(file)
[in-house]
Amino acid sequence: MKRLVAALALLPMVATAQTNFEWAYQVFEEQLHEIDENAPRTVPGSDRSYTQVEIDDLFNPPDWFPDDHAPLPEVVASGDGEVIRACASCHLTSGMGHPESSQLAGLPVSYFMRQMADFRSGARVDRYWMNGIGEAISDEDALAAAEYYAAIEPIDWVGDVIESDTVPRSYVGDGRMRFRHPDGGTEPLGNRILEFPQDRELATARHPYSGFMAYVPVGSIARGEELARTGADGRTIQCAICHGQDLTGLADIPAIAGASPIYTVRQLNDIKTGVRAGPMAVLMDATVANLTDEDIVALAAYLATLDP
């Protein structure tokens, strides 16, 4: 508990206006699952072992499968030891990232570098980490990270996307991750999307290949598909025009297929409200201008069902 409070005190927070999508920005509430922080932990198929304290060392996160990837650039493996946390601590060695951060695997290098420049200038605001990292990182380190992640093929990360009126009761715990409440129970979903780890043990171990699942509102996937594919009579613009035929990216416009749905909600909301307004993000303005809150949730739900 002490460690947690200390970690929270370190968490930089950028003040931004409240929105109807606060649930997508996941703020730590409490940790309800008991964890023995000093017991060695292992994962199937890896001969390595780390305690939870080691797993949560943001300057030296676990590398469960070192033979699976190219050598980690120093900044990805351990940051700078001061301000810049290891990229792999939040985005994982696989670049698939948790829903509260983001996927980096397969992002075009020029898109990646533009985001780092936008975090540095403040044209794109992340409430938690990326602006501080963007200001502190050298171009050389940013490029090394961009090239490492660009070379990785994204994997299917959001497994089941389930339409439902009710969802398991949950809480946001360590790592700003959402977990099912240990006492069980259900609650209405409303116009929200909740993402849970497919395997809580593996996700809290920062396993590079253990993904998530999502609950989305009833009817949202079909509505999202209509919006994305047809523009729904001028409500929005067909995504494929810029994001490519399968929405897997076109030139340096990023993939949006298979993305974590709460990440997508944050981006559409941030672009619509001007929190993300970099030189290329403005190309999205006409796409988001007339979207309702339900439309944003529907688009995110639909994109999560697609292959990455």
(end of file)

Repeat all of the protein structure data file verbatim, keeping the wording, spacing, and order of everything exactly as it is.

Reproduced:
[in-house]
Amino acid sequence: MKRLVAALALLPMVATAQTNFEWAYQVFEEQLHEIDENAPRTVPGSDRSYTQVEIDDLFNPPDWFPDDHAPLPEVVASGDGEVIRACASCHLTSGMGHPESSQLAGLPVSYFMRQMADFRSGARVDRYWMNGIGEAISDEDALAAAEYYAAIEPIDWVGDVIESDTVPRSYVGDGRMRFRHPDGGTEPLGNRILEFPQDRELATARHPYSGFMAYVPVGSIARGEELARTGADGRTIQCAICHGQDLTGLADIPAIAGASPIYTVRQLNDIKTGVRAGPMAVLMDATVANLTDEDIVALAAYLATLDP
């Protein structure tokens, strides 16, 4: 508990206006699952072992499968030891990232570098980490990270996307991750999307290949598909025009297929409200201008069902 409070005190927070999508920005509430922080932990198929304290060392996160990837650039493996946390601590060695951060695997290098420049200038605001990292990182380190992640093929990360009126009761715990409440129970979903780890043990171990699942509102996937594919009579613009035929990216416009749905909600909301307004993000303005809150949730739900 002490460690947690200390970690929270370190968490930089950028003040931004409240929105109807606060649930997508996941703020730590409490940790309800008991964890023995000093017991060695292992994962199937890896001969390595780390305690939870080691797993949560943001300057030296676990590398469960070192033979699976190219050598980690120093900044990805351990940051700078001061301000810049290891990229792999939040985005994982696989670049698939948790829903509260983001996927980096397969992002075009020029898109990646533009985001780092936008975090540095403040044209794109992340409430938690990326602006501080963007200001502190050298171009050389940013490029090394961009090239490492660009070379990785994204994997299917959001497994089941389930339409439902009710969802398991949950809480946001360590790592700003959402977990099912240990006492069980259900609650209405409303116009929200909740993402849970497919395997809580593996996700809290920062396993590079253990993904998530999502609950989305009833009817949202079909509505999202209509919006994305047809523009729904001028409500929005067909995504494929810029994001490519399968929405897997076109030139340096990023993939949006298979993305974590709460990440997508944050981006559409941030672009619509001007929190993300970099030189290329403005190309999205006409796409988001007339979207309702339900439309944003529907688009995110639909994109999560697609292959990455």